Emotional Shatter promises support for families of missing

Missing Persons Day to become an annual event

Homing pigeons are released into the sky at the launch of Ireland’s inaugural Missing Persons Day in Farmleigh House. Photograph: Gareth Chaney/Collins

Homing pigeons are released into the sky at the launch of Ireland’s inaugural Missing Persons Day in Farmleigh House. Photograph: Gareth Chaney/Collins


The first Wednesday in every December is to be designated Missing Persons Day, Minister for Justice Alan Shatter announced yesterday.

The Minister appeared to be on the verge of tears when he spoke of the sense of devastation felt by the family of Philip Cairns, the 13-year-old Dublin schoolboy who disappeared on his way back to school on October 23rd, 1986.

Mr Shatter, who encountered the family as a TD in the area, told a ceremony at Farmleigh House to mark the inaugural Missing Persons Day: “Since that time, whenever I learn of someone missing, I always think of Philip, the distress of his family following that terrible day and the dreadful feeling of helplessness when time continued to pass and there was no information about him forthcoming.

“I know this is a feeling shared by those of you here with us this morning who have a missing family member.”He promised Government support for a Bill arising from the Law Reform Commission’s report on the civil law aspects of missing persons.

He said he would be working over the coming months to fine-tune and develop the Bill to facilitate its enactment into law.

“I believe there is scope to provide a mechanism for some closure for families in legal terms where a loved one is missing for a number of years,” he said. “It is important that, in such circumstances, family matters in abeyance in relation to property and money issues can be carefully addressed and resolved.”

Those in attendance at Farmleigh House included the relatives of Ellen Brown, Jo Jo Dullard, Deirdre Jacobs, Josephine Pender, Annie McCarrick, Fiona Sinnott and Trevor Deely, and several relatives of the Disappeared, who were killed by the Provisional IRA and buried in unmarked graves.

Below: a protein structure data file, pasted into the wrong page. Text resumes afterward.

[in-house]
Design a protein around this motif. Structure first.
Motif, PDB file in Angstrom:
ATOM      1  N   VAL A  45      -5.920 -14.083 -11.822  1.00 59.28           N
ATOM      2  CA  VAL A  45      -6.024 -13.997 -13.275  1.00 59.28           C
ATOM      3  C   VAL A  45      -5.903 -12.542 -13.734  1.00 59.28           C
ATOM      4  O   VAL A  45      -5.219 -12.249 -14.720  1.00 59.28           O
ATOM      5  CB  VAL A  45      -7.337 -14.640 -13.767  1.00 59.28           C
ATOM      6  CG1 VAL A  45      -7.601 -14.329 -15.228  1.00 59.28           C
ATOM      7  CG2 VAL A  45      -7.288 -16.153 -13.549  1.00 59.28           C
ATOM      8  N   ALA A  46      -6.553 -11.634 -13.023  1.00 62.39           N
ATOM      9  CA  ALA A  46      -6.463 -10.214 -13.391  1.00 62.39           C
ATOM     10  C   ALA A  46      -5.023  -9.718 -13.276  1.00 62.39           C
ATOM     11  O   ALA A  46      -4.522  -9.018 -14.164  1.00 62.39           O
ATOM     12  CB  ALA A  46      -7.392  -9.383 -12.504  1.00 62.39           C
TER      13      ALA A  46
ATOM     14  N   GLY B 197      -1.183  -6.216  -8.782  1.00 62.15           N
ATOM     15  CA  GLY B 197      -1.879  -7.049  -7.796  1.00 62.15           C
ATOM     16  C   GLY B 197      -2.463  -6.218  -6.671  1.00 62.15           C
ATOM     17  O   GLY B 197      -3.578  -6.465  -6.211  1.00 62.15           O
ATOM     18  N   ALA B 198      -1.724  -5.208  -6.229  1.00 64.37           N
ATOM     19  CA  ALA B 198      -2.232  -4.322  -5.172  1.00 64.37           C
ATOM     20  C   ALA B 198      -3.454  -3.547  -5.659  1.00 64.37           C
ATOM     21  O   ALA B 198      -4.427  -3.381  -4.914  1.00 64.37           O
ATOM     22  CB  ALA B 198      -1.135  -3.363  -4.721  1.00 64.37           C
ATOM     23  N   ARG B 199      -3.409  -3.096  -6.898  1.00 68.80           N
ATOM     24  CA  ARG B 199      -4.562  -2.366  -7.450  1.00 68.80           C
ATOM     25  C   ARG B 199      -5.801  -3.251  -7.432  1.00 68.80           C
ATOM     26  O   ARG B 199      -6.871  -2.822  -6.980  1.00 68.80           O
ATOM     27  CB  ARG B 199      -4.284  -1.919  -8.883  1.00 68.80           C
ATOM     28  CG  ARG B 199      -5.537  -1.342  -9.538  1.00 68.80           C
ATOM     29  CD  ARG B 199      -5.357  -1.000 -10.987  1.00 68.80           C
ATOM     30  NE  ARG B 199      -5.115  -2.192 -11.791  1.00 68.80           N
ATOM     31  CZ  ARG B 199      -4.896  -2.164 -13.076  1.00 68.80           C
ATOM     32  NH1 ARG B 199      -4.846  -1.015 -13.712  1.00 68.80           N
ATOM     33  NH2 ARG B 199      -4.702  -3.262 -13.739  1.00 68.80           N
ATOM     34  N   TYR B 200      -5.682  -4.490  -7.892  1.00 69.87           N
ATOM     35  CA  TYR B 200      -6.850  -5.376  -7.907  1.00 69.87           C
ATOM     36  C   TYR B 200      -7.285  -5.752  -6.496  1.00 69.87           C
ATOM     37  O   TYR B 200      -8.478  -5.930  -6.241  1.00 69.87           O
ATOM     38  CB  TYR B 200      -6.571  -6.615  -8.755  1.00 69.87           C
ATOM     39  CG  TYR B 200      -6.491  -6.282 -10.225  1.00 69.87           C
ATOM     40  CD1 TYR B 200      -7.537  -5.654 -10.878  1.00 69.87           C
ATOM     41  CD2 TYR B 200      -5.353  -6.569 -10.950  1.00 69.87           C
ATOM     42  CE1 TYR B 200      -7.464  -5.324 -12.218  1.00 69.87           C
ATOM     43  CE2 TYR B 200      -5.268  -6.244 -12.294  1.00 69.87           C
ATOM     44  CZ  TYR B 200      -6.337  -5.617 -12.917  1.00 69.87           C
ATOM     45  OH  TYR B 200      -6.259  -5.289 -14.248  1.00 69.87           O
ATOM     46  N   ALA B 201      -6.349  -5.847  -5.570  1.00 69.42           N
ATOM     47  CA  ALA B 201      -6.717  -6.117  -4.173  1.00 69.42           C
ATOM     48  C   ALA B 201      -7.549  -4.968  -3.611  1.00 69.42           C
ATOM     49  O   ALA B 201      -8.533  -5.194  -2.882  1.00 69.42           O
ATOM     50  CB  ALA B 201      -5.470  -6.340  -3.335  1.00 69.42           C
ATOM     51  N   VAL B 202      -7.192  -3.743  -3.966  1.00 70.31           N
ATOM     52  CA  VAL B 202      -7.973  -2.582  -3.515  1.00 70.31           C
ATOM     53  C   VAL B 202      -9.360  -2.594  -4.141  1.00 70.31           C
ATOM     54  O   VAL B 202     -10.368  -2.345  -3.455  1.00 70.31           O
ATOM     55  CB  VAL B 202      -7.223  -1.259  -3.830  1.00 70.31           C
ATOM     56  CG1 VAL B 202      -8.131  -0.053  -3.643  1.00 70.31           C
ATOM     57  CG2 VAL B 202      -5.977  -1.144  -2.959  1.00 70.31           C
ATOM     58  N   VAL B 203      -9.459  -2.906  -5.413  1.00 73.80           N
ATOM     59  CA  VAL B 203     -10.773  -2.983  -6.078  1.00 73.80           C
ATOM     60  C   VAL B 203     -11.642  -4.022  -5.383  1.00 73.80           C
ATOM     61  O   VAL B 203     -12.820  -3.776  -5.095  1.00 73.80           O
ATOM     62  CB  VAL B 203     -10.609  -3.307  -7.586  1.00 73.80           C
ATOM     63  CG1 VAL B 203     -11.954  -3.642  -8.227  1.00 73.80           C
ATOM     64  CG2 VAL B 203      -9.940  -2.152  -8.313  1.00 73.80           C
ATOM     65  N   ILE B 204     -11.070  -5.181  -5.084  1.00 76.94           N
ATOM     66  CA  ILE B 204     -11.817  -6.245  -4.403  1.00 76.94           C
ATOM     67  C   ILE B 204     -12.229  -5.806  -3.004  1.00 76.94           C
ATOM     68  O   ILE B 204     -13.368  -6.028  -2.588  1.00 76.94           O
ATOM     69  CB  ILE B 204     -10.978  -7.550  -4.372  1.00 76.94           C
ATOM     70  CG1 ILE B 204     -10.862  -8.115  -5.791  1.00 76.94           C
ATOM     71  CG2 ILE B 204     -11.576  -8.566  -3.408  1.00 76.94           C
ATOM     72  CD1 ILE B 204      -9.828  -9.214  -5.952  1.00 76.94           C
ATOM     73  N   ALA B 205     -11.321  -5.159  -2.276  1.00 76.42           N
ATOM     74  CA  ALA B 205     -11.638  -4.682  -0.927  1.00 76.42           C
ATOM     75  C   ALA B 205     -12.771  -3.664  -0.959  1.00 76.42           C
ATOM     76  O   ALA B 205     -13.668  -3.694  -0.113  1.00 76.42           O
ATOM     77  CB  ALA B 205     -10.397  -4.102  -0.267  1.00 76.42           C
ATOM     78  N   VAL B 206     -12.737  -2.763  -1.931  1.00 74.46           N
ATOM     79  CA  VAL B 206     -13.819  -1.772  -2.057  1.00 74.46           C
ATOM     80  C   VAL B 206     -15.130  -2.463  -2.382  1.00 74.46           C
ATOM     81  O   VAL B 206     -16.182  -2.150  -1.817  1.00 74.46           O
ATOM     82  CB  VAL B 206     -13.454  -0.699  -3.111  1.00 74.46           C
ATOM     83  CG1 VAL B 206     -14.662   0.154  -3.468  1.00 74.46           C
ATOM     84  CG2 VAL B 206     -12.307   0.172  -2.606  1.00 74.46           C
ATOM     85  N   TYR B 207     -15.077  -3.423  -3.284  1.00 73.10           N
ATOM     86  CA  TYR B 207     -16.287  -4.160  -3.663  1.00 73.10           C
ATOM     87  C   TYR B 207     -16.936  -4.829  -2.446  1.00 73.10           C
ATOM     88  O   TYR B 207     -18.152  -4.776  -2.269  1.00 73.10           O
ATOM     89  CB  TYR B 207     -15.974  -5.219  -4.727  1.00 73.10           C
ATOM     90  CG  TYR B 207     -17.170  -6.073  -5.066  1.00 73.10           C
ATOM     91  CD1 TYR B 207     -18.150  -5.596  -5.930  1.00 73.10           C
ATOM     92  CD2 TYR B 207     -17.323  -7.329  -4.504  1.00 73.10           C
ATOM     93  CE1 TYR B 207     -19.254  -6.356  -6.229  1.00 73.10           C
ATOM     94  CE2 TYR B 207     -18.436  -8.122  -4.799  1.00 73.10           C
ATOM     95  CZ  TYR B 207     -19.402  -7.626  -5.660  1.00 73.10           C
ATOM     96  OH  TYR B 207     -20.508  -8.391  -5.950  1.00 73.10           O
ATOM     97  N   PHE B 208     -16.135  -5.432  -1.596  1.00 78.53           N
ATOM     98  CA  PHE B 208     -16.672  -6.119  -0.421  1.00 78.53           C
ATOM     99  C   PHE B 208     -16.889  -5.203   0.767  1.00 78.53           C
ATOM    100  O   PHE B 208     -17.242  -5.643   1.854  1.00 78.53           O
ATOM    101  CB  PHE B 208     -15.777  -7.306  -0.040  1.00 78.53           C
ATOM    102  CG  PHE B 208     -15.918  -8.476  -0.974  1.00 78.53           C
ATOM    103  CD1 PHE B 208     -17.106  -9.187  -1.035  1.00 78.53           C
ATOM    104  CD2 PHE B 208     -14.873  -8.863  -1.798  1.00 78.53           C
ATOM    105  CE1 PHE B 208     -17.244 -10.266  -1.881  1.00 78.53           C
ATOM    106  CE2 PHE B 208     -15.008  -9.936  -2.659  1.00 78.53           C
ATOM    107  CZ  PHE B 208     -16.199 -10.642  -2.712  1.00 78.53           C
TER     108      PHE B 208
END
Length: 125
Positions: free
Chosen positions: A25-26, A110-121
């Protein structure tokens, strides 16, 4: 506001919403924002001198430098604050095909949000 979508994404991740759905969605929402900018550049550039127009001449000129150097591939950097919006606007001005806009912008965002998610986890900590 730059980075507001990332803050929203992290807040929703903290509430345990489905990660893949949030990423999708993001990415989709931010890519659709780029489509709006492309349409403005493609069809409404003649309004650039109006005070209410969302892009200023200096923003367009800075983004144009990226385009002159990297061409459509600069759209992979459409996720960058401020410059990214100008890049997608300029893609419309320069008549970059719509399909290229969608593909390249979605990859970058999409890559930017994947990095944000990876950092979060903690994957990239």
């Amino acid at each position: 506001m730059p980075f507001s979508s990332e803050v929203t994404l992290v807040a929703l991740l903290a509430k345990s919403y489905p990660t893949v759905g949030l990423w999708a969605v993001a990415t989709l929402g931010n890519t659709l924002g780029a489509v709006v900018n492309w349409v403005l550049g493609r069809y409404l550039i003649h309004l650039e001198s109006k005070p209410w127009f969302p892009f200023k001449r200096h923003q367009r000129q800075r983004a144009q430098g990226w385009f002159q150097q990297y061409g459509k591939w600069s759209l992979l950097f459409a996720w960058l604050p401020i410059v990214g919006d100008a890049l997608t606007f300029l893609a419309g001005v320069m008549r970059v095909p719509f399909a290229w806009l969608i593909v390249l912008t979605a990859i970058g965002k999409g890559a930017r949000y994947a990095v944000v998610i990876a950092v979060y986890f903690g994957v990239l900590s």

Those remembered include Brendan Megraw, who disappeared in 1978, Séamus Ruddy, missing since 1985, and Jean McConville, who was represented by one of her 10 children, Susie Townlee. In addition, there were tributes to those whose remains were never identified and Irish people who died abroad.

Compere and RTÉ journalist Barry Cummins, who has written books on missing persons, said it was apt that the State was recognising the pain of relatives left behind.

“Looking at the images of some of our missing, it’s the sheer scale of the numbers of unsolved cases that still shocks,” he said. “Dozens upon dozens of people who have vanished in the last four decades from all corners.”

Yesterday was the 13th anniversary of the disappearance of Sandra Collins, who disappeared from Killala in Co Mayo.

Dermot Browne, the chairman of Missing in Ireland Support Services (MISS) pointed out that there were 8,815 missing person reports last year, including 6,944 that were classified as high risk.

Since MISS was founded in 2003 there had been some 48,000 reports of missing persons, he said, the equivalent the combined populations of Athlone and Naas.